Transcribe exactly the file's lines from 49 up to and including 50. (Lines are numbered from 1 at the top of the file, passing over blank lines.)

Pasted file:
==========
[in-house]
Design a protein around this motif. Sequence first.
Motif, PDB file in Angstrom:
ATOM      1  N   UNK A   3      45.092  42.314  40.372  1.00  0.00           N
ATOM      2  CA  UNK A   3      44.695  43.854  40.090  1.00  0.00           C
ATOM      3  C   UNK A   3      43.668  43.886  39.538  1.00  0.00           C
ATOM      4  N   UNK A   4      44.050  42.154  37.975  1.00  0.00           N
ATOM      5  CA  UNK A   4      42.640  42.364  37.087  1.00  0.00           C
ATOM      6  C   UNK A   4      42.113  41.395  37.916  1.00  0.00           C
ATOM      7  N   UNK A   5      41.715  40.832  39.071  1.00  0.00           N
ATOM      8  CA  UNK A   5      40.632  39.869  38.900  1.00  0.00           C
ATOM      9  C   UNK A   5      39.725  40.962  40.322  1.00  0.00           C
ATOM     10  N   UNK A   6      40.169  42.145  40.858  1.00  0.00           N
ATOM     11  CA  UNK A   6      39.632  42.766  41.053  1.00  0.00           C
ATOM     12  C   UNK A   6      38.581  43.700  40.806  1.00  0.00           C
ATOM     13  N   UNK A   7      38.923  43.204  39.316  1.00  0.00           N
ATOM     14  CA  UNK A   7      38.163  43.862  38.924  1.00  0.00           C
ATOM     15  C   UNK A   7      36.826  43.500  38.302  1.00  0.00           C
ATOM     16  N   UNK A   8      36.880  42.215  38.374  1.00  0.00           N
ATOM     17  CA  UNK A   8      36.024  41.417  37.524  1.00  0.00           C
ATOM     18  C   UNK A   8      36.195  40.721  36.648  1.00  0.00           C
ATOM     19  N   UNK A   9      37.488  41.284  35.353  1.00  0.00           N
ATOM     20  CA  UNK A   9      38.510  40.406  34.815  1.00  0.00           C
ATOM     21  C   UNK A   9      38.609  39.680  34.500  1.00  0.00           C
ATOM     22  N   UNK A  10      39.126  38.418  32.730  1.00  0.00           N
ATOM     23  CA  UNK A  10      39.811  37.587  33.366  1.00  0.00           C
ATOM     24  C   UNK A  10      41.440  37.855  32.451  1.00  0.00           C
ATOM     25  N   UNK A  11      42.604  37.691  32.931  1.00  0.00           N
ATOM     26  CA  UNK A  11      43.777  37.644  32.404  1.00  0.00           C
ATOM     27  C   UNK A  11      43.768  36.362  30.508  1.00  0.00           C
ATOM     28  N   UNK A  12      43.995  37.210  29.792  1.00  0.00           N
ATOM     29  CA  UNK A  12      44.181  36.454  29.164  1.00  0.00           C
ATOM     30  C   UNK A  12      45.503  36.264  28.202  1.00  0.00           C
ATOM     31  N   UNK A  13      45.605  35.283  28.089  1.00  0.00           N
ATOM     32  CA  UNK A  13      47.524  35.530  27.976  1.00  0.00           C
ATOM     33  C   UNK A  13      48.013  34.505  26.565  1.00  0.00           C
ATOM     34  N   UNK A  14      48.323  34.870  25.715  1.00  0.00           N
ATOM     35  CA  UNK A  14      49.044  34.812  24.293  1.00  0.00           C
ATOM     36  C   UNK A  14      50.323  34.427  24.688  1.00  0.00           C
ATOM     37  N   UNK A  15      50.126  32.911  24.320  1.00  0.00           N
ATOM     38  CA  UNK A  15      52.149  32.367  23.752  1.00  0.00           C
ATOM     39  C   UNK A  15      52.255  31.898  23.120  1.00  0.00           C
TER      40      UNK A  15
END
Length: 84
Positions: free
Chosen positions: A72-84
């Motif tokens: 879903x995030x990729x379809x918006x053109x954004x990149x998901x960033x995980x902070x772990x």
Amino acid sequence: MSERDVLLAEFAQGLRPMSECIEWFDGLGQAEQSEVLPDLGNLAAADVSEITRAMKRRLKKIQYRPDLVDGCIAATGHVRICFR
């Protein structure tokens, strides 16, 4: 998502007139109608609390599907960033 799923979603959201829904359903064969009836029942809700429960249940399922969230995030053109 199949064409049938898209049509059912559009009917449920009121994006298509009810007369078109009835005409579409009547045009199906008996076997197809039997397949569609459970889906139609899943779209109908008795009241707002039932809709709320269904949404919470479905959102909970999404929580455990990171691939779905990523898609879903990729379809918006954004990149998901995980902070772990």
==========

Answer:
Amino acid sequence: MSERDVLLAEFAQGLRPMSECIEWFDGLGQAEQSEVLPDLGNLAAADVSEITRAMKRRLKKIQYRPDLVDGCIAATGHVRICFR
């Protein structure tokens, strides 16, 4: 998502007139109608609390599907960033 799923979603959201829904359903064969009836029942809700429960249940399922969230995030053109 199949064409049938898209049509059912559009009917449920009121994006298509009810007369078109009835005409579409009547045009199906008996076997197809039997397949569609459970889906139609899943779209109908008795009241707002039932809709709320269904949404919470479905959102909970999404929580455990990171691939779905990523898609879903990729379809918006954004990149998901995980902070772990």